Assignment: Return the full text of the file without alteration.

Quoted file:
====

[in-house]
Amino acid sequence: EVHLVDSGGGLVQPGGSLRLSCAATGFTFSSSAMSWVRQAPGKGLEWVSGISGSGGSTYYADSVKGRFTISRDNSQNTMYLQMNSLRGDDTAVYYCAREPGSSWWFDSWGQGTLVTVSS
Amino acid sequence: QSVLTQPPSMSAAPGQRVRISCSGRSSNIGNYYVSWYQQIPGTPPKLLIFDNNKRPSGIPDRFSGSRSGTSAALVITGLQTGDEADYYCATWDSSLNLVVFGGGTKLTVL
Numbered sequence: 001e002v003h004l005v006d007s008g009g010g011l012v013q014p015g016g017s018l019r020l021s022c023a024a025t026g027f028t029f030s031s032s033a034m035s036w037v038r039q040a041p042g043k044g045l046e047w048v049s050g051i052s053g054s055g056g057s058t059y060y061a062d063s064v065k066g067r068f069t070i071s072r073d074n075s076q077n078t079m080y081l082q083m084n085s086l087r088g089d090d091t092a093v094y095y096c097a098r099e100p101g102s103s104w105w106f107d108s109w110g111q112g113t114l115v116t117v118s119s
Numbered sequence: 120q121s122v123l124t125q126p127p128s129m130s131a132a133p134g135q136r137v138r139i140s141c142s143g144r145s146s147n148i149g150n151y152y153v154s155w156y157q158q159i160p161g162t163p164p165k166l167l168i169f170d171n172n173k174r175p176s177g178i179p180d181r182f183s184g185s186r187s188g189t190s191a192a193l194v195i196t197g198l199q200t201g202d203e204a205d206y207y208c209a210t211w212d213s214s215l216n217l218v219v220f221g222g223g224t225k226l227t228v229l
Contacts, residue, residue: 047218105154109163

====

[in-house]
Amino acid sequence: EVHLVDSGGGLVQPGGSLRLSCAATGFTFSSSAMSWVRQAPGKGLEWVSGISGSGGSTYYADSVKGRFTISRDNSQNTMYLQMNSLRGDDTAVYYCAREPGSSWWFDSWGQGTLVTVSS
Amino acid sequence: QSVLTQPPSMSAAPGQRVRISCSGRSSNIGNYYVSWYQQIPGTPPKLLIFDNNKRPSGIPDRFSGSRSGTSAALVITGLQTGDEADYYCATWDSSLNLVVFGGGTKLTVL
Numbered sequence: 001e002v003h004l005v006d007s008g009g010g011l012v013q014p015g016g017s018l019r020l021s022c023a024a025t026g027f028t029f030s031s032s033a034m035s036w037v038r039q040a041p042g043k044g045l046e047w048v049s050g051i052s053g054s055g056g057s058t059y060y061a062d063s064v065k066g067r068f069t070i071s072r073d074n075s076q077n078t079m080y081l082q083m084n085s086l087r088g089d090d091t092a093v094y095y096c097a098r099e100p101g102s103s104w105w106f107d108s109w110g111q112g113t114l115v116t117v118s119s
Numbered sequence: 120q121s122v123l124t125q126p127p128s129m130s131a132a133p134g135q136r137v138r139i140s141c142s143g144r145s146s147n148i149g150n151y152y153v154s155w156y157q158q159i160p161g162t163p164p165k166l167l168i169f170d171n172n173k174r175p176s177g178i179p180d181r182f183s184g185s186r187s188g189t190s191a192a193l194v195i196t197g198l199q200t201g202d203e204a205d206y207y208c209a210t211w212d213s214s215l216n217l218v219v220f221g222g223g224t225k226l227t228v229l
Contacts, residue, residue: 047218105154109163